GBO-5 Inland Water Highlights Final Assessment of the Aichi Biodiversity Targets in Inland and Freshwater Systems and Transitions Needed for Sustainability


The Global Biodiversity Outlook (GBO) is the flagship publication of the Convention on Biological Diversity (CBD). It is a periodic report that summarizes the latest data on the status and trends of biodiversity and draws conclusions relevant to the further implementation of the Convention. The fifth edition of the Global Biodiversity Outlook (GBO-5) provides a final assessment of progress towards the Aichi Biodiversity Targets. The outlook draws on lessons learned over the past two decades to help guide the development of the post-2020 global biodiversity framework. The full GBO-5 report is available here.

In 2010, the Conference of the Parties (COP) to the CBD adopted the Strategic Plan for Biodiversity 2011-2020, which includes 20 Aichi Biodiversity Targets. These global targets were adopted with a deadline of 2020 and focus on different actions and outcomes needed to put the world on a path to achieve the 2050 Vision for Biodiversity:

By 2050, biodiversity is valued, conserved, restored and wisely used, maintaining ecosystem services, sustaining a healthy planet and delivering benefits essential for all people
20 Aichi Biodiversity Targets were adopted by the CBD Conference of the Parties (COP) in 2010 as part of the Strategic Plan for Biodiversity 2011-2020

GBO-5 provides an assessment of progress towards the elements of all 20 Aichi Biodiversity Targets, based on available information. Progress towards each element of the Aichi Targets is depicted graphically, as shown on the left. Each segment represents an element and the colour represents the progress made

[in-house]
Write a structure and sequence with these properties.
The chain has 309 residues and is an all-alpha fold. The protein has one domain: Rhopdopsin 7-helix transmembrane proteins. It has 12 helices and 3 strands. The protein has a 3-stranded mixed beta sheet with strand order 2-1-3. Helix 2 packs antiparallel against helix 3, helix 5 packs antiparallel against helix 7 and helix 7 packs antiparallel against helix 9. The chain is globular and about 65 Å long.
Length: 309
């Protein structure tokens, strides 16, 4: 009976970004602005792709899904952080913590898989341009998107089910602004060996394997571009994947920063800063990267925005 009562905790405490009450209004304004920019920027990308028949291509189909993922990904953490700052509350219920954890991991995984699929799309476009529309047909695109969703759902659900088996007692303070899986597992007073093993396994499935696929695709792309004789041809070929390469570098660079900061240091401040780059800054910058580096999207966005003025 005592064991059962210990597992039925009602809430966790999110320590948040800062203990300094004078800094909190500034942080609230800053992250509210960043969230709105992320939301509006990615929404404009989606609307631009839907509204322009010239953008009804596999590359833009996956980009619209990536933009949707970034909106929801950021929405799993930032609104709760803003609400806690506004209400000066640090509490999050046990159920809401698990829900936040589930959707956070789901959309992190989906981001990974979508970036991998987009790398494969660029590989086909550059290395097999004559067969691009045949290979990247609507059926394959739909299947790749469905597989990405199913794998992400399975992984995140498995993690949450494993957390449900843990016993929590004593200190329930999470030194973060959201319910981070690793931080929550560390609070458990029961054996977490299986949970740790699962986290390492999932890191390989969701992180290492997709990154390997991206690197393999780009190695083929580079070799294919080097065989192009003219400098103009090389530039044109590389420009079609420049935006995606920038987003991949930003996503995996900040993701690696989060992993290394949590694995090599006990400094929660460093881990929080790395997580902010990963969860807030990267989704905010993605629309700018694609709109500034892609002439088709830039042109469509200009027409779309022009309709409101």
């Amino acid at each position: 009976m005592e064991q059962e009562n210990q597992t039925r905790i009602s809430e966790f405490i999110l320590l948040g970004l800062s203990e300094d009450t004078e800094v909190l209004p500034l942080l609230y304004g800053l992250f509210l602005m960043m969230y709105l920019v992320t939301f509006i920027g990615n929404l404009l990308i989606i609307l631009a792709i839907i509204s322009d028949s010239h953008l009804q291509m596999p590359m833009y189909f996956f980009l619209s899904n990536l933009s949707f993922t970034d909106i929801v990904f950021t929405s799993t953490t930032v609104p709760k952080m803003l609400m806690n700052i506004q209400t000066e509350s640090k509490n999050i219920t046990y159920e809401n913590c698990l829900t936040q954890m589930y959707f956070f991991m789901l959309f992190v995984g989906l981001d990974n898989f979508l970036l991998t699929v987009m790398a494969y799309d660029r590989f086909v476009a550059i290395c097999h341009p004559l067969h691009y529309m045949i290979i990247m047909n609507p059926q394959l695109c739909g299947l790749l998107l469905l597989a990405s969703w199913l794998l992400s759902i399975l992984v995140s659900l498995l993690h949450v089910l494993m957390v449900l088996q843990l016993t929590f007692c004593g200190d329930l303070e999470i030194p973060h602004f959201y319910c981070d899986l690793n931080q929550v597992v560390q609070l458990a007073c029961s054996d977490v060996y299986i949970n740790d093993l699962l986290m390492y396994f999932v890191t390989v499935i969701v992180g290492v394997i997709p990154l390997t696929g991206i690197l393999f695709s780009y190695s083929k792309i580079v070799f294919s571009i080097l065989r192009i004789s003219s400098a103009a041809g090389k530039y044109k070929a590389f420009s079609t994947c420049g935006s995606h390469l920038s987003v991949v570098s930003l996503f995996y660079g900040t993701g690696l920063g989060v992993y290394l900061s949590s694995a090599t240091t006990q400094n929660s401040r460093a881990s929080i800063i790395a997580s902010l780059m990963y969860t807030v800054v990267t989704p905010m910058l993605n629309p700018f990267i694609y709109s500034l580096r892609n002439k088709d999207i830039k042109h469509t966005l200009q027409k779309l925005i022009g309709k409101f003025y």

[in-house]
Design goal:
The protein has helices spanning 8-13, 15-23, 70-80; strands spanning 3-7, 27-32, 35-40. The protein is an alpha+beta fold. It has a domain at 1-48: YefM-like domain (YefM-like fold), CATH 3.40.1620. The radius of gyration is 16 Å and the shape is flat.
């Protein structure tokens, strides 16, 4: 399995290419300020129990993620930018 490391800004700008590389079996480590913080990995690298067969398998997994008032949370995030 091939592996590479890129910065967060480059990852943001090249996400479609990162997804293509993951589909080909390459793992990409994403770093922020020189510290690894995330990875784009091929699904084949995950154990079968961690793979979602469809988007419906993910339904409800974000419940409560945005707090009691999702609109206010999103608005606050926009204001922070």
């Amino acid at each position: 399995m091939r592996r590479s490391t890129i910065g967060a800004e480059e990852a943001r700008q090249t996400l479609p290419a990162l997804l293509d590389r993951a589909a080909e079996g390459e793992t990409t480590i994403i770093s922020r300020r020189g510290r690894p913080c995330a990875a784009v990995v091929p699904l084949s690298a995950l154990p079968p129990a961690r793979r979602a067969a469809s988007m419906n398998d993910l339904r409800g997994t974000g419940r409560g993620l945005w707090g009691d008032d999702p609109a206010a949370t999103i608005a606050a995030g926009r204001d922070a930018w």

Main findings of GBO-5 regarding inland waters biodiversity

While nearly all of the Aichi Targets are relevant in some way to inland waters biodiversity, there are some specific elements of the Aichi Targets that are especially relevant to achieving biodiverse and sustainable inland water ecosystems.

By 2020, the rate of loss of all natural habitats, including forests, is at least halved and where feasible brought close to zero, and degradation and fragmentation is significantly reduced.

Summary of Target achievement:

Not achieved (high confidence). Wilderness areas and global wetlands continue to decline. Fragmentation of rivers remains a critical threat to freshwater biodiversity.

  • The area covered by natural wetlands has continued to decline, with the Wetland Extent Trends (WET) index having reduced by an average of 35% worldwide between 1970 and 2015. Latin America and the Caribbean showed the greatest loss of wetlands. During the same period, the area covered by human-made wetlands more than doubled. The rate of wetland loss remained fairly constant after 2011 compared with the previous period (Figure 5.4).
  • Permanent surface water was lost from an area of almost 9 million hectares between 1984 and 2015, approximately the equivalent of Lake Superior. 70% of this loss was located in the Middle East and Central Asia, linked to drought and human actions including damming and diverting rivers, and unregulated withdrawal. Over the same period, new permanent bodies of water covering more than 18 million hectares have formed elsewhere, largely from reservoir filling.